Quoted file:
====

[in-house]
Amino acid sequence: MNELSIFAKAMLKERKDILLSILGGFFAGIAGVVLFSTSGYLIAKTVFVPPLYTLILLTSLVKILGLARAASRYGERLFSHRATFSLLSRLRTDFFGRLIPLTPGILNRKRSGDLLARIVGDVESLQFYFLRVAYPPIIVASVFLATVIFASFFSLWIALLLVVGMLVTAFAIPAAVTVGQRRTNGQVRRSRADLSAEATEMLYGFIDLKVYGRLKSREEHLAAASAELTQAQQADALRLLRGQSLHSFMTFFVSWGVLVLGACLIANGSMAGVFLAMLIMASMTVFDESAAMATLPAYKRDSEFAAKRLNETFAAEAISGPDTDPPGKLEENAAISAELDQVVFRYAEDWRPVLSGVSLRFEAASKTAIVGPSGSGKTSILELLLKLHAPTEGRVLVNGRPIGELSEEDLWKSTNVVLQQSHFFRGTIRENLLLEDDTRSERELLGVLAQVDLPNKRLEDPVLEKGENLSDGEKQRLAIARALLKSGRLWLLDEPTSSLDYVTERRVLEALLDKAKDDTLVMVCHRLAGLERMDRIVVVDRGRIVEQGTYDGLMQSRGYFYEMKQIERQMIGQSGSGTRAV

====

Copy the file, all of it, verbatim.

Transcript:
[in-house]
Amino acid sequence: MNELSIFAKAMLKERKDILLSILGGFFAGIAGVVLFSTSGYLIAKTVFVPPLYTLILLTSLVKILGLARAASRYGERLFSHRATFSLLSRLRTDFFGRLIPLTPGILNRKRSGDLLARIVGDVESLQFYFLRVAYPPIIVASVFLATVIFASFFSLWIALLLVVGMLVTAFAIPAAVTVGQRRTNGQVRRSRADLSAEATEMLYGFIDLKVYGRLKSREEHLAAASAELTQAQQADALRLLRGQSLHSFMTFFVSWGVLVLGACLIANGSMAGVFLAMLIMASMTVFDESAAMATLPAYKRDSEFAAKRLNETFAAEAISGPDTDPPGKLEENAAISAELDQVVFRYAEDWRPVLSGVSLRFEAASKTAIVGPSGSGKTSILELLLKLHAPTEGRVLVNGRPIGELSEEDLWKSTNVVLQQSHFFRGTIRENLLLEDDTRSERELLGVLAQVDLPNKRLEDPVLEKGENLSDGEKQRLAIARALLKSGRLWLLDEPTSSLDYVTERRVLEALLDKAKDDTLVMVCHRLAGLERMDRIVVVDRGRIVEQGTYDGLMQSRGYFYEMKQIERQMIGQSGSGTRAV